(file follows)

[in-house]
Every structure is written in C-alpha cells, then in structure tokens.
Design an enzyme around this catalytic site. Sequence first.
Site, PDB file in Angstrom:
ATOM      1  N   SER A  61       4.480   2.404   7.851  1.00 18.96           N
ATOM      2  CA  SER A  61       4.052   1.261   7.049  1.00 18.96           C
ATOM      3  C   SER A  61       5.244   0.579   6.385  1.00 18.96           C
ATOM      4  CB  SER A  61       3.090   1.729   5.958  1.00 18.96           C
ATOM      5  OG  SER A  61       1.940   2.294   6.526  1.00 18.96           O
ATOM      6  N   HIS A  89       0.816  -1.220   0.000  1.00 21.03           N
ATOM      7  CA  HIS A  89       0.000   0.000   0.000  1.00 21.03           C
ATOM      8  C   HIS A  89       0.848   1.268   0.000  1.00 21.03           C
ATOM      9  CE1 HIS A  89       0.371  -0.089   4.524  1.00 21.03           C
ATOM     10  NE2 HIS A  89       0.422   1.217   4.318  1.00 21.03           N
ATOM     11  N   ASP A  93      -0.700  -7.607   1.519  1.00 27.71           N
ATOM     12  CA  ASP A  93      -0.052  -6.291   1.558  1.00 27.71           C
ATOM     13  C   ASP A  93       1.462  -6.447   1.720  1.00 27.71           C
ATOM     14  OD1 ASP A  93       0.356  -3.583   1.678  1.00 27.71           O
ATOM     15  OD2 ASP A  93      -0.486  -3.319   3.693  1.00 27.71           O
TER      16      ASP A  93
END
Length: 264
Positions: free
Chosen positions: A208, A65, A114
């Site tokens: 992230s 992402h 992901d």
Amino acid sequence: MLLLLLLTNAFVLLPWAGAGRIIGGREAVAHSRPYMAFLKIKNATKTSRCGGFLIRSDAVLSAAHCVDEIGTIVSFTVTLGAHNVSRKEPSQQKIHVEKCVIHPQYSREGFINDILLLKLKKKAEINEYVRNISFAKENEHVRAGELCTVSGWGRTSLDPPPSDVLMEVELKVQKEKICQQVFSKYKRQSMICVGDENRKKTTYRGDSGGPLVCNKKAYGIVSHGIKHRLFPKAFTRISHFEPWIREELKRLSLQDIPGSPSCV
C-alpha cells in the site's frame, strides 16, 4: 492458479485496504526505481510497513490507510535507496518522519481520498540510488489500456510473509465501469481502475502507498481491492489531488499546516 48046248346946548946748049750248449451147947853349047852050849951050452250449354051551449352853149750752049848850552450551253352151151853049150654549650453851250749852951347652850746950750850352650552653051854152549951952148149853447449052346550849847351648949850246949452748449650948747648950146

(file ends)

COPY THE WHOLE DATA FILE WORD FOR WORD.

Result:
[in-house]
Every structure is written in C-alpha cells, then in structure tokens.
Design an enzyme around this catalytic site. Sequence first.
Site, PDB file in Angstrom:
ATOM      1  N   SER A  61       4.480   2.404   7.851  1.00 18.96           N
ATOM      2  CA  SER A  61       4.052   1.261   7.049  1.00 18.96           C
ATOM      3  C   SER A  61       5.244   0.579   6.385  1.00 18.96           C
ATOM      4  CB  SER A  61       3.090   1.729   5.958  1.00 18.96           C
ATOM      5  OG  SER A  61       1.940   2.294   6.526  1.00 18.96           O
ATOM      6  N   HIS A  89       0.816  -1.220   0.000  1.00 21.03           N
ATOM      7  CA  HIS A  89       0.000   0.000   0.000  1.00 21.03           C
ATOM      8  C   HIS A  89       0.848   1.268   0.000  1.00 21.03           C
ATOM      9  CE1 HIS A  89       0.371  -0.089   4.524  1.00 21.03           C
ATOM     10  NE2 HIS A  89       0.422   1.217   4.318  1.00 21.03           N
ATOM     11  N   ASP A  93      -0.700  -7.607   1.519  1.00 27.71           N
ATOM     12  CA  ASP A  93      -0.052  -6.291   1.558  1.00 27.71           C
ATOM     13  C   ASP A  93       1.462  -6.447   1.720  1.00 27.71           C
ATOM     14  OD1 ASP A  93       0.356  -3.583   1.678  1.00 27.71           O
ATOM     15  OD2 ASP A  93      -0.486  -3.319   3.693  1.00 27.71           O
TER      16      ASP A  93
END
Length: 264
Positions: free
Chosen positions: A208, A65, A114
């Site tokens: 992230s 992402h 992901d």
Amino acid sequence: MLLLLLLTNAFVLLPWAGAGRIIGGREAVAHSRPYMAFLKIKNATKTSRCGGFLIRSDAVLSAAHCVDEIGTIVSFTVTLGAHNVSRKEPSQQKIHVEKCVIHPQYSREGFINDILLLKLKKKAEINEYVRNISFAKENEHVRAGELCTVSGWGRTSLDPPPSDVLMEVELKVQKEKICQQVFSKYKRQSMICVGDENRKKTTYRGDSGGPLVCNKKAYGIVSHGIKHRLFPKAFTRISHFEPWIREELKRLSLQDIPGSPSCV
C-alpha cells in the site's frame, strides 16, 4: 492458479485496504526505481510497513490507510535507496518522519481520498540510488489500456510473509465501469481502475502507498481491492489531488499546516 48046248346946548946748049750248449451147947853349047852050849951050452250449354051551449352853149750752049848850552450551253352151151853049150654549650453851250749852951347652850746950750850352650552653051854152549951952148149853447449052346550849847351648949850246949452748449650948747648950146